Lucy-Anne Holmes is a writer and campaigner. Her last novel Just a Girl Standing In Front of a Boy won the Romantic Novelists Association ‘Rom Com of the Year 2015’ and she founded the successful No More Page 3 campaign. She is currently raising funds for her book Don’t Hold My Head Down with Unbound here.
Lucy previously published traditionally. Here, Norah interviews Lucy about why she decided to publish her book with Unbound.
1) What appealed to you the most about working with Unbound?
Ooo where to start?… Well, this book is quite particular and I knew fairly early on that it wasn’t going to handily fit into a traditional publishing genre, unless ‘explicit comedy memoir with a bit of how to and self help and feminist natter thrown in’ became a genre.
I had a moment early on when I met with an editor to discuss it and she looked at me baffled and said ‘why would you want to write about this?’ as though I was mad to want to share all this stuff about sex. And another editor who I felt was trying to steer the thrust of the book away from what I had in mind. But, I had been campaigning for two and a half years at the time, going around the country talking about porn, sex, body image and some of my own experiences that are in the book, and the response was generally a group of people afterwards wanting to talk about it more, or saying how inspiring it was to hear someone talk so frankly about sex and porn.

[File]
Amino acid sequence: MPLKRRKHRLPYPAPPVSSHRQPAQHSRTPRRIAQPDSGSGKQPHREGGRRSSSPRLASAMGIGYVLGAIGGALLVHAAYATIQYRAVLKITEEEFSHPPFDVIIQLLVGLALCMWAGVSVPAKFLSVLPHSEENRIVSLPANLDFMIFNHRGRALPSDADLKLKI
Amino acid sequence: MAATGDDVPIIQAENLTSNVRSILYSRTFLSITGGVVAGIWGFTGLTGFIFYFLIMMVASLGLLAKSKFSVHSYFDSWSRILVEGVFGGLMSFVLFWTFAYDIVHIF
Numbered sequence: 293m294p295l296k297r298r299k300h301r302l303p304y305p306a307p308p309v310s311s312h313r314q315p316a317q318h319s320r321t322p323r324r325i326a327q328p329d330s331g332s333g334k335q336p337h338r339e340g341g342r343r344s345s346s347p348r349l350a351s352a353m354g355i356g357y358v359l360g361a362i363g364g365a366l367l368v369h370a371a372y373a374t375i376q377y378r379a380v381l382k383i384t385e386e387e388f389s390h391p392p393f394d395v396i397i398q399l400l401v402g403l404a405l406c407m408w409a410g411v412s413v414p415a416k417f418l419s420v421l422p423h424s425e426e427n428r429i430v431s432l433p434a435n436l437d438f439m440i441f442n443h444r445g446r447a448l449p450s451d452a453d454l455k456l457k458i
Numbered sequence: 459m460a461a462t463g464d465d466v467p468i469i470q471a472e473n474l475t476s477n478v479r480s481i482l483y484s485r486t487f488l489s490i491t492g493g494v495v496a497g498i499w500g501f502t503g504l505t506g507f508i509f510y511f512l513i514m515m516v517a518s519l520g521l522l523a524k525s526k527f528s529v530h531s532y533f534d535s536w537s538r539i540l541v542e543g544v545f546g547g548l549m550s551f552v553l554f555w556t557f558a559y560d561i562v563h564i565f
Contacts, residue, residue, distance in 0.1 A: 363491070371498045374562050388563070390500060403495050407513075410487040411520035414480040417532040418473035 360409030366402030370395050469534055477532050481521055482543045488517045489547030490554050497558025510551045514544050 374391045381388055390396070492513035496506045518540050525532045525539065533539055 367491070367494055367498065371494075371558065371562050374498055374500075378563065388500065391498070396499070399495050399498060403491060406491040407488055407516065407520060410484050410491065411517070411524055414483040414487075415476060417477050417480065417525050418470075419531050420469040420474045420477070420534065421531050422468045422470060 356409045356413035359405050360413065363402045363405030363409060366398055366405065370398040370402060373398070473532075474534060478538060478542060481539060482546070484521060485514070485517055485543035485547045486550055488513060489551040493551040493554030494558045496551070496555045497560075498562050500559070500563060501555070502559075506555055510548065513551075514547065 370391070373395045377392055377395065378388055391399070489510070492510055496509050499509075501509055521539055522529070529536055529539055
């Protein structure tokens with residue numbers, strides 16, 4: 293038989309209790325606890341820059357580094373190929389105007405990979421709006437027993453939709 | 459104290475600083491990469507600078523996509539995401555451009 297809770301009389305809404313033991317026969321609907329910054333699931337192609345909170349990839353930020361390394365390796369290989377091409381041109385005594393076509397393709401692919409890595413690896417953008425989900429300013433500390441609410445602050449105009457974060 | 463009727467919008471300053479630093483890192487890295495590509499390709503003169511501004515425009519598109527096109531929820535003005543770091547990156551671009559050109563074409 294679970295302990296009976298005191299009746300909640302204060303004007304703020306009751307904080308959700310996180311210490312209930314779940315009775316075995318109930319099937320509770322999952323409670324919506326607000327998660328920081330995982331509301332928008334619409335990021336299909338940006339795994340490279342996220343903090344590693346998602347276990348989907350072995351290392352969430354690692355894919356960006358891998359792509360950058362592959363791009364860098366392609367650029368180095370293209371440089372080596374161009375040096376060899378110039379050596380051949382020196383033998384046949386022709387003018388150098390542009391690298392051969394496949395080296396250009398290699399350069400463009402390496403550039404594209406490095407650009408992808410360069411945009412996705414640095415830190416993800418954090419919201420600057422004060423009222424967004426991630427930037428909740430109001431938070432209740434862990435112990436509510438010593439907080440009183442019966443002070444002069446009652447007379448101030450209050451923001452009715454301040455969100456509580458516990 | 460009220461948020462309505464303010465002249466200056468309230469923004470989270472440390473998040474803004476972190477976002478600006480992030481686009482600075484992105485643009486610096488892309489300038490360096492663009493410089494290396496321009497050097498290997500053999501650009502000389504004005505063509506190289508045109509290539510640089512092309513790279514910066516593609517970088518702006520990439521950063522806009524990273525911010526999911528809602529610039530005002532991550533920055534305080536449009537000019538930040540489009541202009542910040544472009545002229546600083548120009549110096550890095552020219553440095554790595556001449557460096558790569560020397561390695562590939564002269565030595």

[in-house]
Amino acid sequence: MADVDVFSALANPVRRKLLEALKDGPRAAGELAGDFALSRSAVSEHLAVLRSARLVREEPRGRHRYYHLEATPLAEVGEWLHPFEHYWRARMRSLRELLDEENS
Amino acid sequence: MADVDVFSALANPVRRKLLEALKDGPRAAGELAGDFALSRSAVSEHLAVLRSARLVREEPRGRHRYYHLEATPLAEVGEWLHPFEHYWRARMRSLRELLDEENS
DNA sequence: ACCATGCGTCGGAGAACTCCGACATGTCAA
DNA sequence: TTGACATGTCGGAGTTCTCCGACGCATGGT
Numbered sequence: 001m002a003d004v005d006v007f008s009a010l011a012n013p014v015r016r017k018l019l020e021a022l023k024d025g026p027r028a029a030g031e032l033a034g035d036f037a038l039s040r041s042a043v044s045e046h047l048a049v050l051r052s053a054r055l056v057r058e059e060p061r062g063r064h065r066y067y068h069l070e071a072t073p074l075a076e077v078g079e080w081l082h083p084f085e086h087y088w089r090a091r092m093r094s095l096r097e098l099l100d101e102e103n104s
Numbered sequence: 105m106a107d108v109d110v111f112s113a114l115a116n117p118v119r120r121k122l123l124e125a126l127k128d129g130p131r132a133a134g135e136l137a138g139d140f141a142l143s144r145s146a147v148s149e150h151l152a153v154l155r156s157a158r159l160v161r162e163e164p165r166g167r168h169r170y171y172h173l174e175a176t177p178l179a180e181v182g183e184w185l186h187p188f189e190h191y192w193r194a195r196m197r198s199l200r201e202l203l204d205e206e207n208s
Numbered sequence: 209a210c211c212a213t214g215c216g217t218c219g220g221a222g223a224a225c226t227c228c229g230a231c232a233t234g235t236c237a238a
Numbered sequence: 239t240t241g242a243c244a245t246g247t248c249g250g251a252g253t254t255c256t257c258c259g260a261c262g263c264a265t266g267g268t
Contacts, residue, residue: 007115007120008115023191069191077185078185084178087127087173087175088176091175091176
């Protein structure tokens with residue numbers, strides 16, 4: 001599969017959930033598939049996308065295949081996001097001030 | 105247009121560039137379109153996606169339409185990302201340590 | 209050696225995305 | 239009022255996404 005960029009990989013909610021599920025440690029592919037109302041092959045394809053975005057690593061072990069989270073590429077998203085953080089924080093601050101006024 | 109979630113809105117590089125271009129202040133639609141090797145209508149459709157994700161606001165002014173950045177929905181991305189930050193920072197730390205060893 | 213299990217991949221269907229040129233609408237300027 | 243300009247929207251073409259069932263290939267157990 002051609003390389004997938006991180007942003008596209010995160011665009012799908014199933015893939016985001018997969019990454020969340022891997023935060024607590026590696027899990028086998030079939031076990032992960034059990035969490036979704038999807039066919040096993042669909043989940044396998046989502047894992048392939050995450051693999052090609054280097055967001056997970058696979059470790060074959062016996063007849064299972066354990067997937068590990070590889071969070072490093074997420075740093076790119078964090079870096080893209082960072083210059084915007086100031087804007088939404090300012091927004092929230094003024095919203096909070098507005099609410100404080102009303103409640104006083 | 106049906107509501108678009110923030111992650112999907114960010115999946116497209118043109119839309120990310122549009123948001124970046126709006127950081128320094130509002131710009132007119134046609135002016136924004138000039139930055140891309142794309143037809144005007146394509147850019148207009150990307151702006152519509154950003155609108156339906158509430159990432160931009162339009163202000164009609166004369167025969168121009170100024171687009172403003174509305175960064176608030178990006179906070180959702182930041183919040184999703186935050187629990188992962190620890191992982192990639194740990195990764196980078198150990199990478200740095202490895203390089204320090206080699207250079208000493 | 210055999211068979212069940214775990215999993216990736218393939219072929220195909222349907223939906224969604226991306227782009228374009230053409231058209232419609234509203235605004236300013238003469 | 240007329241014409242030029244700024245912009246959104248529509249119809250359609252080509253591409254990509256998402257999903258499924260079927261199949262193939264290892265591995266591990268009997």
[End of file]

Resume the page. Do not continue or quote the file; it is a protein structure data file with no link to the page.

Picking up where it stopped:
I remember saying ‘if I find a publisher who gets it’ then I will go with them. And Unbound just totally got it. I met John Mithcinson and had a really long chat and he seemed to think it was a funny, exciting and necessary book, as did I. I definitely feel I am in the right place. When I told my agent, Rowan Lawton, that I was going with Unbound, she said she was pleased, as she feared that going the traditional route would have meant me having to make compromises I didn’t want to make over the content, title and cover.
2) How has the experience compared to publishing traditionally?
Ha! Well, so far, it is totally different. But I am still at the crowd funding stage, I think that when I get to 100% I will get an editor (whoop) and a deadline (gah!!) and the experience from then on won’t be so different. With a traditional publisher at this point I would be writing away finishing the manuscript, with a nice little advance in the bank, knowing that someone had deemed the book potentially brilliant enough to publish. At the moment, my experience with Unbound is the complete opposite! There is no money, I am not writing but crowdfunding and I am the one who really has to give myself the belief in the project.
Now, I may be making potential Unbounders run a mile here but actually, I think the experience this is giving me is absolutely brilliant. I remember after my fourth novel I felt I couldn’t write another straight away, I wanted to be ‘in the world’ again. Writing is a solitary pursuit and you can just get lost in your own head and the screen. This crowd funding model of publishing forces you to be out there talking about your book, and I’m enjoying the connections I’m making and gaining confidence from doing this.